vv. 37-42. In a picture of the three failures Peter would later commit by denying Jesus, His disciples fall asleep three times when they are supposed to be praying. It is interesting that Jesus calls out Peter but by his Hebrew name (“Simon” or “Simeon”). “Simeon” means “hearing with acceptance” but he was not living up to that name and he was probably shocked that Jesus used that name. Peter does what all of us are guilty of: falling asleep on the job. Have you ever been going through a lot of pain but no else realizes the severity and importance of your pain? Jesus is asking His friends to pray with Him but they just keep sleeping. He finally sees Judas coming and knows He is about to be arrested.
vv. 43-45. Judas leads a “multitude” of people to give up Jesus. The “swords” mentioned were regular hand weapons of the Romans whereas the “clubs” were traditionally carried by Jewish temple police so we see both Romans and Jews there to arrest Jesus. Judas gives the secret sign of who Jesus was by kissing Him on the cheek (which was a common greeting).
vv. 46-50. At this point we must read John 18: 1-7 because in-between Judas turning Jesus over and Peter cutting off the servant’s ear something amazing happens. Jesus asked all of the Romans and Jewish religious leaders who they were looking for and they say, “Jesus.” His response was “I AM”, which as we’ve talked about is the name God gave for Himself in Exodus. It was forbidden to say this phrase but when Jesus says it everyone falls to the ground at His feet! Then they all pick themselves up and still go to arrest Him. At this point Peter (John 18:10) grabs his sword and cuts off a servant’s ear. According to John 18:10 the servant’s name was Malchus, a high ranking slave of Caiphas, the chief priest. But from Luke 22:51 we see Jesus healed Malchus’ ear. And in Matthew 26:53 Jesus says that He can call down thousands of angels to help Him. He is saying ‘Peter, I don’t need you to defend me, this is what I need to do.’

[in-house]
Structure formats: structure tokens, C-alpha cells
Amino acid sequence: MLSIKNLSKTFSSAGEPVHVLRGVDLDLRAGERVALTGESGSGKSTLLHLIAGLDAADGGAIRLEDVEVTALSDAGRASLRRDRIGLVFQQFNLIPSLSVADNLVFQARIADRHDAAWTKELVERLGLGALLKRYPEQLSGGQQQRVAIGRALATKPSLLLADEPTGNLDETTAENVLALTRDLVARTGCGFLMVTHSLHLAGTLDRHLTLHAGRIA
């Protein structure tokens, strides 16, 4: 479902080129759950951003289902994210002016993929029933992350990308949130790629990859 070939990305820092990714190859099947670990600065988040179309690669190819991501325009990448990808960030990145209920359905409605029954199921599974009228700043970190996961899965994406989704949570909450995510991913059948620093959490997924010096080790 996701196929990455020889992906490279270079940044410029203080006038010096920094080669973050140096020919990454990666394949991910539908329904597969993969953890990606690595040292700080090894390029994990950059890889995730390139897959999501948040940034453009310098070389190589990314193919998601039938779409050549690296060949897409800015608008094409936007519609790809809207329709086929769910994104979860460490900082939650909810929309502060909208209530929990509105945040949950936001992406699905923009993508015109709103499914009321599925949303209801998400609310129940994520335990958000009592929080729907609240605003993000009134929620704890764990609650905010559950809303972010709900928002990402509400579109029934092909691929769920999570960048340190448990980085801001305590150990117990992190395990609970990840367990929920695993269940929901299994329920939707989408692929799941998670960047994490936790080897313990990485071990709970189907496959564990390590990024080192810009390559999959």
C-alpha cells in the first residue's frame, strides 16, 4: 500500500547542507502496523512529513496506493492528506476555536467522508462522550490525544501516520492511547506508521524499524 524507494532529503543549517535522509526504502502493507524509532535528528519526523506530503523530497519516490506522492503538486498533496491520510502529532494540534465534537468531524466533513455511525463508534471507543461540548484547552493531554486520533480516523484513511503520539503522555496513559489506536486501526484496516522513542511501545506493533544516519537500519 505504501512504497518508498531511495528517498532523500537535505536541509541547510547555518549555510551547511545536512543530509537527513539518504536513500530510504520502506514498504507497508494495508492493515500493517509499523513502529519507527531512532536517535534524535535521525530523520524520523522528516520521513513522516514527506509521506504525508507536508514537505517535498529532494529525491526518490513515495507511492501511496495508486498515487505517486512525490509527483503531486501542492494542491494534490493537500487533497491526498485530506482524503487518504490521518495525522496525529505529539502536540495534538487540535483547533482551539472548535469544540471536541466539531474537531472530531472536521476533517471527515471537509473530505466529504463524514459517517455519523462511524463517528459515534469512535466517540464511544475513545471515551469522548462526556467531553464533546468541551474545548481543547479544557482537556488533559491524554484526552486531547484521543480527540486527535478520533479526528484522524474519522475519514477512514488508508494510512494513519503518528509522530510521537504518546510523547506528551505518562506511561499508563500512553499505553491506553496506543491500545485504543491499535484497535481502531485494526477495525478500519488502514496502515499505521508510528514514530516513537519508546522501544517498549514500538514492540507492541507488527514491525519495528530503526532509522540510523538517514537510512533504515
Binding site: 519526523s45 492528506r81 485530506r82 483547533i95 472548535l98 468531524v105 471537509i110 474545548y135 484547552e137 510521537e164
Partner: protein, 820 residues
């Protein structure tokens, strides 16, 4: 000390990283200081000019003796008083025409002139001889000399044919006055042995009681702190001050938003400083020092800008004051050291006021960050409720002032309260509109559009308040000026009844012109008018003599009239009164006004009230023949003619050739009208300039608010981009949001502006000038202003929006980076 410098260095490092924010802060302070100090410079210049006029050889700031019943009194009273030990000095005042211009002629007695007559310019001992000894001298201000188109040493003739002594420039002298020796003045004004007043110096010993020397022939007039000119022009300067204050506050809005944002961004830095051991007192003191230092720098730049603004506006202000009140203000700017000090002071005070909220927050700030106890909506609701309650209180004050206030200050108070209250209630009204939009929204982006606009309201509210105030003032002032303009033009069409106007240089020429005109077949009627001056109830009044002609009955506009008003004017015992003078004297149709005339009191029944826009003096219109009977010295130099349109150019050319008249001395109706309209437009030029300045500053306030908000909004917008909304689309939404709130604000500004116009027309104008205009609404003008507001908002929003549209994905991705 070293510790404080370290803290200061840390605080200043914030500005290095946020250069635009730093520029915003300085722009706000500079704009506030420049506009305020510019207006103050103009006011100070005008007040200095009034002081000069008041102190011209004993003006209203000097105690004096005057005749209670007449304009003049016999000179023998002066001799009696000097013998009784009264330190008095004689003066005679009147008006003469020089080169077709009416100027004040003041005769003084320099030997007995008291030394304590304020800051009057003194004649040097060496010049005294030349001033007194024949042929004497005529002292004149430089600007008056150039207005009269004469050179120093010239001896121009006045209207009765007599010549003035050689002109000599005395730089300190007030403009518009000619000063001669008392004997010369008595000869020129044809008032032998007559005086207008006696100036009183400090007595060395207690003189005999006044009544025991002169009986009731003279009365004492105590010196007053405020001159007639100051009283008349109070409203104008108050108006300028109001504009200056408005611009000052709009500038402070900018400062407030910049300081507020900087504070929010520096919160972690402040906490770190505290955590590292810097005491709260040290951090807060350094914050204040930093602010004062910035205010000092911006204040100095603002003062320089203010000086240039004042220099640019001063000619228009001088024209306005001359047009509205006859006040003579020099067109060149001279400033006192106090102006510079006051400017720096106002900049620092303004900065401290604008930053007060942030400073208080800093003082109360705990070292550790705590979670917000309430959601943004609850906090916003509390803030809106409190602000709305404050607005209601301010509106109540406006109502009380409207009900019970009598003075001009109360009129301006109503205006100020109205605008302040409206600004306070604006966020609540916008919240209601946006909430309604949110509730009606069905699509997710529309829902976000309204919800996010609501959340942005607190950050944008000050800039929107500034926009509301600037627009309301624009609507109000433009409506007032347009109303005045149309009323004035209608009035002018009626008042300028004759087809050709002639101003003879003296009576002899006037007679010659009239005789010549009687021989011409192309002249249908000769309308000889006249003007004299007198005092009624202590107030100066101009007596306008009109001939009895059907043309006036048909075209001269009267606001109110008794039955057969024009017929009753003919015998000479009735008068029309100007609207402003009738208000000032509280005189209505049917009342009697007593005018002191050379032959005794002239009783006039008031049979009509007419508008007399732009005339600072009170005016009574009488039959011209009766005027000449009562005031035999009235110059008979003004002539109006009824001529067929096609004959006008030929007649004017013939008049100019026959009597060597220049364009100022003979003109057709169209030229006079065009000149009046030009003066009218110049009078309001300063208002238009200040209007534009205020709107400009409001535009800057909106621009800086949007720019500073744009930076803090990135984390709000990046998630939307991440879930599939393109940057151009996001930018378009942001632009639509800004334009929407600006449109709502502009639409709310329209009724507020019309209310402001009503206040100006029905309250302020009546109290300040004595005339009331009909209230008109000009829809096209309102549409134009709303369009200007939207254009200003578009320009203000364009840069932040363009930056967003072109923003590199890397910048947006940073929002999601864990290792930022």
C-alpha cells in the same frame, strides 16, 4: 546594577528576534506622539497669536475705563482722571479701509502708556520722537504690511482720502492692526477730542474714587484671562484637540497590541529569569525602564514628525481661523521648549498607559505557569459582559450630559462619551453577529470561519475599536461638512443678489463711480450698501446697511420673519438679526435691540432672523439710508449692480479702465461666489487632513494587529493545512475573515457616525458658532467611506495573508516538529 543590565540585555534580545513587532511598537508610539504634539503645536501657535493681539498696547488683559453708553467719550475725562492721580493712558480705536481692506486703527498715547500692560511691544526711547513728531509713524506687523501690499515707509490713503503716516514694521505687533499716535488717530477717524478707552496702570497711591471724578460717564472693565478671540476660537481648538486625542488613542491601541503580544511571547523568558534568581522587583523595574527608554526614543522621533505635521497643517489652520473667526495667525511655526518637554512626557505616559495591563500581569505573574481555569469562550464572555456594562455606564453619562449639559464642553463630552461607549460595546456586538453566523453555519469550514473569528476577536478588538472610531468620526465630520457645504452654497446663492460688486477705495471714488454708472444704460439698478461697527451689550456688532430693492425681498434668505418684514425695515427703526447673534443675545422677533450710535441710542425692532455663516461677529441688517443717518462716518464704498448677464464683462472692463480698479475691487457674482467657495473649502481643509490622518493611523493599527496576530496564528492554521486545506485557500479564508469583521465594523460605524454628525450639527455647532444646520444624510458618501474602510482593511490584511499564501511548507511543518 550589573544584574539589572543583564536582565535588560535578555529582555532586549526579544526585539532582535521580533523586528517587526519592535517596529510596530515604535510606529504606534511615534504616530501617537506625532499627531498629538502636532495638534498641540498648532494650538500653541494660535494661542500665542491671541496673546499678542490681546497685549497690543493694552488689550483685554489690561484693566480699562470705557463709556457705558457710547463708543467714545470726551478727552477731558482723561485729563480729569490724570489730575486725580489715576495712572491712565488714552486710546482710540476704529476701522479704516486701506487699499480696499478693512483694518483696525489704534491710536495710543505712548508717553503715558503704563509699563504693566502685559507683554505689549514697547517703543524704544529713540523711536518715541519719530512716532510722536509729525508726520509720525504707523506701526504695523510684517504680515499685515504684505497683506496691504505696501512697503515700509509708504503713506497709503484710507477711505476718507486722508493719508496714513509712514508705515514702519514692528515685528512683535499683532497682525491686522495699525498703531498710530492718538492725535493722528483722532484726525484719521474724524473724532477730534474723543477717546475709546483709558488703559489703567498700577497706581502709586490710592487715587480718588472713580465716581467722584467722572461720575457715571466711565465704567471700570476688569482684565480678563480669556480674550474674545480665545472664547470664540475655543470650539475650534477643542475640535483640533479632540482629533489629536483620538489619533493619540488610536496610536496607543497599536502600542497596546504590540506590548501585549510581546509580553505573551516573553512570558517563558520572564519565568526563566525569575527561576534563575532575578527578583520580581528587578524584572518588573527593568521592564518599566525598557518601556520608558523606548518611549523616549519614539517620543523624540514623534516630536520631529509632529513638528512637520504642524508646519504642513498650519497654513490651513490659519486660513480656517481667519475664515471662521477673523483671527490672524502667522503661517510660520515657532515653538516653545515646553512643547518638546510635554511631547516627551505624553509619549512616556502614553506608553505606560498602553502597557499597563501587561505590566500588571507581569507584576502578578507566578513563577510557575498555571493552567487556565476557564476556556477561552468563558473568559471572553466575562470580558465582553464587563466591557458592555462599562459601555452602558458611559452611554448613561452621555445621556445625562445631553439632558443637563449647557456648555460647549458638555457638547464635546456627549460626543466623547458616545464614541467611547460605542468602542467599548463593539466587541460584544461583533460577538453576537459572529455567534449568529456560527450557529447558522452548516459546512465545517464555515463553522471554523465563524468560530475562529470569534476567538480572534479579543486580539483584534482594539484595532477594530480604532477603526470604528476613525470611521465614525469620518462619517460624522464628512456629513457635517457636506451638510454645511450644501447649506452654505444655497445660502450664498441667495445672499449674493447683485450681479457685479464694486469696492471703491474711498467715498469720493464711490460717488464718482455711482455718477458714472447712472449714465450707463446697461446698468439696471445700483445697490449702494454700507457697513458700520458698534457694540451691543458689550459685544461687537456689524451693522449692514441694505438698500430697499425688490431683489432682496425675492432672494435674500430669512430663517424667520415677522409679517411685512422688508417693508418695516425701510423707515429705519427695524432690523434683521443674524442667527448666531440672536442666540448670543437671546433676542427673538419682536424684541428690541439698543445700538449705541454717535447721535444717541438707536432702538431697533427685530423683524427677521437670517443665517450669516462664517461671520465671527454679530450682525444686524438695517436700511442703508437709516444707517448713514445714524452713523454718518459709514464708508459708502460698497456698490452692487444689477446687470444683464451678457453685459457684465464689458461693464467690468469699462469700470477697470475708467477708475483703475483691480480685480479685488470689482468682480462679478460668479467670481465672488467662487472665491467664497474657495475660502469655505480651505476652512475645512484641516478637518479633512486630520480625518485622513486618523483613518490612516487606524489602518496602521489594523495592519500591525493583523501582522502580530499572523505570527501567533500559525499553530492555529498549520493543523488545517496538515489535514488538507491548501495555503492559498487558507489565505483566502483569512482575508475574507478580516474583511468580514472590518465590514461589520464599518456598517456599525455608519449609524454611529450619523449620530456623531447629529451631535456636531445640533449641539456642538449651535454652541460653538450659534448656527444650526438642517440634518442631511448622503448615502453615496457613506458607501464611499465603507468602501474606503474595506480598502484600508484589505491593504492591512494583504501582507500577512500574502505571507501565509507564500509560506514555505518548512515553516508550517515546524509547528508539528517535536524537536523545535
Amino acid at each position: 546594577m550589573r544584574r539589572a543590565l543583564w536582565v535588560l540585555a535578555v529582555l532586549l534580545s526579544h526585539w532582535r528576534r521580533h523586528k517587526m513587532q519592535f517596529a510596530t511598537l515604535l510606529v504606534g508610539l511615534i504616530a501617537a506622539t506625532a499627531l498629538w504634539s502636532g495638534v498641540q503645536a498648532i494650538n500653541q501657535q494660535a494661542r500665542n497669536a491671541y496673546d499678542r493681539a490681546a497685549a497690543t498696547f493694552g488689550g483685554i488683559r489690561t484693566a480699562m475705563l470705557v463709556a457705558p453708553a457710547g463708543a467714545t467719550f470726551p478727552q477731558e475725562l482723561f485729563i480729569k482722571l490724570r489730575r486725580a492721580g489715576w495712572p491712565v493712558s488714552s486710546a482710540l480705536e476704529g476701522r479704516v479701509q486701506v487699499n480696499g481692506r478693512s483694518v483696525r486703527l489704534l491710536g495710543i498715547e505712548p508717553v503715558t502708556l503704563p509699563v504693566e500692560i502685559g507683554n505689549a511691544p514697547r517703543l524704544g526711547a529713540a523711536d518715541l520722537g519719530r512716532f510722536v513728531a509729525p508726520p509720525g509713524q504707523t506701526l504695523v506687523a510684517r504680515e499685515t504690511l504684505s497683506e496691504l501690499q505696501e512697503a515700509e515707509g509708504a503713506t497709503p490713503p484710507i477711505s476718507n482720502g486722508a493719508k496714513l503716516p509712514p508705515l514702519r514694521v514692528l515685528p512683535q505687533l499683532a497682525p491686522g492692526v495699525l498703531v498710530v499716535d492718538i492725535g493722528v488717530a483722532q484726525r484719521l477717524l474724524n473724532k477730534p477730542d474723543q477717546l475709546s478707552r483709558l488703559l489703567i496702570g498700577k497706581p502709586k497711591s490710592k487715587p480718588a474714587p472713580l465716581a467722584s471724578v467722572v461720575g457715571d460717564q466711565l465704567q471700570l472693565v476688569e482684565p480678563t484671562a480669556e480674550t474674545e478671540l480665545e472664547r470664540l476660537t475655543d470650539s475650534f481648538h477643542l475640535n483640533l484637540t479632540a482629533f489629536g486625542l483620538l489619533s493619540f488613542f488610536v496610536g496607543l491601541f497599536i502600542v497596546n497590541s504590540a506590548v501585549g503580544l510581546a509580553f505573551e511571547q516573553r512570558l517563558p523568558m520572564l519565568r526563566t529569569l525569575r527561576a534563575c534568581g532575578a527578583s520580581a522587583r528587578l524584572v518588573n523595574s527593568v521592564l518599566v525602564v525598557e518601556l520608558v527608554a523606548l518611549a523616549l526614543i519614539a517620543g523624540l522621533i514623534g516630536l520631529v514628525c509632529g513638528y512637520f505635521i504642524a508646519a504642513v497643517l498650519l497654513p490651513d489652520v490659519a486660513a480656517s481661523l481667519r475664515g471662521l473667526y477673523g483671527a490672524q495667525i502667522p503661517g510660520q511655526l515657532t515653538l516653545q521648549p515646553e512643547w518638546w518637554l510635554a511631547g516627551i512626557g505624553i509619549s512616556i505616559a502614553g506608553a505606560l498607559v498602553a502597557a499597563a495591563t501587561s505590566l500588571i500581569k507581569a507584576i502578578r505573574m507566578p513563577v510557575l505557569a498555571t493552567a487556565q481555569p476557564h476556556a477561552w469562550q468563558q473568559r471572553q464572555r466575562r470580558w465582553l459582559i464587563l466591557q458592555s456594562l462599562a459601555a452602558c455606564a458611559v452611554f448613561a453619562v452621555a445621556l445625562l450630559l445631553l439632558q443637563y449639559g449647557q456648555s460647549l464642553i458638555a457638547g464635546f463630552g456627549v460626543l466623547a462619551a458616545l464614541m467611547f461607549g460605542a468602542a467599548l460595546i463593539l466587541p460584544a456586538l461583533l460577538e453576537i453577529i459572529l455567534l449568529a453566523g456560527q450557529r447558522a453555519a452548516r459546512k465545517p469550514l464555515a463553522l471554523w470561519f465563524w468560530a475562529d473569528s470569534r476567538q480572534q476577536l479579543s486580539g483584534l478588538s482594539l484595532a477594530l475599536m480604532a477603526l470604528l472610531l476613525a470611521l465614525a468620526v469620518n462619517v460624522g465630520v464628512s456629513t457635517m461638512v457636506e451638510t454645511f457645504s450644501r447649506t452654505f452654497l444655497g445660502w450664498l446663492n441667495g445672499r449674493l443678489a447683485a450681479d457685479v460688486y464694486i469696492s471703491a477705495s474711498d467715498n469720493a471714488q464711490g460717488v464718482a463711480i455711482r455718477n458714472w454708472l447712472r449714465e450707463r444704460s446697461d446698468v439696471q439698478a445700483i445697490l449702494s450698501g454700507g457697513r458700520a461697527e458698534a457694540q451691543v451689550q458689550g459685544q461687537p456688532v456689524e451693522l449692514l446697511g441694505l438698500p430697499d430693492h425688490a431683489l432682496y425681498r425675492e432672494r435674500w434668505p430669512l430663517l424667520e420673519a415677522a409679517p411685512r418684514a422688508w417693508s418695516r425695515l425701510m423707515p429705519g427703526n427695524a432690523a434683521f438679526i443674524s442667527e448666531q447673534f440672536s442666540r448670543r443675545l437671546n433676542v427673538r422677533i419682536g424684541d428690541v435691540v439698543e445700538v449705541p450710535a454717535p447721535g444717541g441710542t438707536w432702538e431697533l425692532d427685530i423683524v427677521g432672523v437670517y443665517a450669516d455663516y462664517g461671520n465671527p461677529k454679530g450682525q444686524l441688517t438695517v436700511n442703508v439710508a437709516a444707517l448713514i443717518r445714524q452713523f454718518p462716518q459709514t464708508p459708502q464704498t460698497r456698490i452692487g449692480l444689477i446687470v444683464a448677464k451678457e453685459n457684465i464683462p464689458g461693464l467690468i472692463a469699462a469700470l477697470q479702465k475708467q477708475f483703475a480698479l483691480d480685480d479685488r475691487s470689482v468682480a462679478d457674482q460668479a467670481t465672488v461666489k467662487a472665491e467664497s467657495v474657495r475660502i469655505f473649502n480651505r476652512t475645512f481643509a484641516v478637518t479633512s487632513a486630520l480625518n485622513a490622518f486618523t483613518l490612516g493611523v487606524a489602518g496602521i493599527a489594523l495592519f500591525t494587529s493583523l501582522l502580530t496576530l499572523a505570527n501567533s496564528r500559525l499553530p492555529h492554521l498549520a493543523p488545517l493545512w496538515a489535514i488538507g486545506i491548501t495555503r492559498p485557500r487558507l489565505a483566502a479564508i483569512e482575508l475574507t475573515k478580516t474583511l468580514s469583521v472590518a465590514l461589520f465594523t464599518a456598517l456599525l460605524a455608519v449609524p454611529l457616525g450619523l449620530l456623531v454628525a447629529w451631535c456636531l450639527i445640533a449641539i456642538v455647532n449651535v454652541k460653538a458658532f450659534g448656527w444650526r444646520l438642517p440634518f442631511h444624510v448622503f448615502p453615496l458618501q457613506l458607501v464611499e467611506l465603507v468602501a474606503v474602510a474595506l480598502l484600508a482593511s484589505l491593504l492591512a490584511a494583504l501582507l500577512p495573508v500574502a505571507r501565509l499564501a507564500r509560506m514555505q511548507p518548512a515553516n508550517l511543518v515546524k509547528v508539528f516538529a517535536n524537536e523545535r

Verse 50 is very sad but was exactly what Jesus had been telling them: “they all forsook Him and fled.” Jesus was left with no friends, no sleep and no dignity as He was led off for his trial and death.
Conclusion. I find it strange that everyone who went to arrest Jesus was knocked flat on their face (in a position of worship!) and then watched Jesus put an ear back on a man and still they arrested Him! We are the same, we see the works Jesus does all around us but we refuse to believe. It is the most important decision we will ever make to give our lives to Christ. Remember at the beginning of this Devotional (vv. 26-27) I said that Jesus knew the disciples would temporarily abandon Him? But once He rose from the dead their faith would be so strengthened that 10 of 11 would die a martyr’s death for Him. We now live in the age of Jesus’ strengthening. We have the opportunity to not falter as we share His story with others and this strengthens our own faith in Him.
Jesus willingly provided Himself as a sacrifice for our living in heaven. Is it too much to give our lives (which are already His) to Him?